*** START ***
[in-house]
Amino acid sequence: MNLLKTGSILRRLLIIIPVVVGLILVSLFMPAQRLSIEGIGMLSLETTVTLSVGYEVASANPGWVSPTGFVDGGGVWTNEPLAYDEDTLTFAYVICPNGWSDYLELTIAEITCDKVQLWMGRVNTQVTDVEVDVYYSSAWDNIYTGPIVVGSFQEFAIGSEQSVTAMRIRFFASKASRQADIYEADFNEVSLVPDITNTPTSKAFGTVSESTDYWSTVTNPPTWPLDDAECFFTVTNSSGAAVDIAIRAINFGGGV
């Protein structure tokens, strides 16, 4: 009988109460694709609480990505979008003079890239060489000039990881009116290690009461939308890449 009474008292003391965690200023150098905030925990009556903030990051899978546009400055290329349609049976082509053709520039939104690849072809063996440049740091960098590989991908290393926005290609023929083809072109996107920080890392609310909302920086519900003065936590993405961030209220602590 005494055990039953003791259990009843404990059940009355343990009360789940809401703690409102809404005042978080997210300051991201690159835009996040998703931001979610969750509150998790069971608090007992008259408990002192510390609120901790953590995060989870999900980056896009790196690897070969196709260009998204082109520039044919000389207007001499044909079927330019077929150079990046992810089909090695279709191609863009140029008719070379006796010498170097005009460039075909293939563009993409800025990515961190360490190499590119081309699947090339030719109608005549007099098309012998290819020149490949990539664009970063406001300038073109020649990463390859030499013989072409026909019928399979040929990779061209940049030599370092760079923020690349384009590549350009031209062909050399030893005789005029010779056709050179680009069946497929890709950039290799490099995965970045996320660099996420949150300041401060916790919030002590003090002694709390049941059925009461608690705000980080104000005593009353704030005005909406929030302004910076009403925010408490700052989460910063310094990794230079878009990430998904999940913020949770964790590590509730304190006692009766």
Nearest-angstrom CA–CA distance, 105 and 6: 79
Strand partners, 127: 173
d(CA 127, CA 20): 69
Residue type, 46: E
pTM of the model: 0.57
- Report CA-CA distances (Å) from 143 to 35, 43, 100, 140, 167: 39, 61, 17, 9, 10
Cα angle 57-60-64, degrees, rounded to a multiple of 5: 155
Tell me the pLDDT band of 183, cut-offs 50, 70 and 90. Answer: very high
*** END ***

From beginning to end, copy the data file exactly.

[in-house]
Amino acid sequence: MNLLKTGSILRRLLIIIPVVVGLILVSLFMPAQRLSIEGIGMLSLETTVTLSVGYEVASANPGWVSPTGFVDGGGVWTNEPLAYDEDTLTFAYVICPNGWSDYLELTIAEITCDKVQLWMGRVNTQVTDVEVDVYYSSAWDNIYTGPIVVGSFQEFAIGSEQSVTAMRIRFFASKASRQADIYEADFNEVSLVPDITNTPTSKAFGTVSESTDYWSTVTNPPTWPLDDAECFFTVTNSSGAAVDIAIRAINFGGGV
């Protein structure tokens, strides 16, 4: 009988109460694709609480990505979008003079890239060489000039990881009116290690009461939308890449 009474008292003391965690200023150098905030925990009556903030990051899978546009400055290329349609049976082509053709520039939104690849072809063996440049740091960098590989991908290393926005290609023929083809072109996107920080890392609310909302920086519900003065936590993405961030209220602590 005494055990039953003791259990009843404990059940009355343990009360789940809401703690409102809404005042978080997210300051991201690159835009996040998703931001979610969750509150998790069971608090007992008259408990002192510390609120901790953590995060989870999900980056896009790196690897070969196709260009998204082109520039044919000389207007001499044909079927330019077929150079990046992810089909090695279709191609863009140029008719070379006796010498170097005009460039075909293939563009993409800025990515961190360490190499590119081309699947090339030719109608005549007099098309012998290819020149490949990539664009970063406001300038073109020649990463390859030499013989072409026909019928399979040929990779061209940049030599370092760079923020690349384009590549350009031209062909050399030893005789005029010779056709050179680009069946497929890709950039290799490099995965970045996320660099996420949150300041401060916790919030002590003090002694709390049941059925009461608690705000980080104000005593009353704030005005909406929030302004910076009403925010408490700052989460910063310094990794230079878009990430998904999940913020949770964790590590509730304190006692009766």
Nearest-angstrom CA–CA distance, 105 and 6: 79
Strand partners, 127: 173
d(CA 127, CA 20): 69
Residue type, 46: E
pTM of the model: 0.57
- Report CA-CA distances (Å) from 143 to 35, 43, 100, 140, 167: 39, 61, 17, 9, 10
Cα angle 57-60-64, degrees, rounded to a multiple of 5: 155
Tell me the pLDDT band of 183, cut-offs 50, 70 and 90. Answer: very high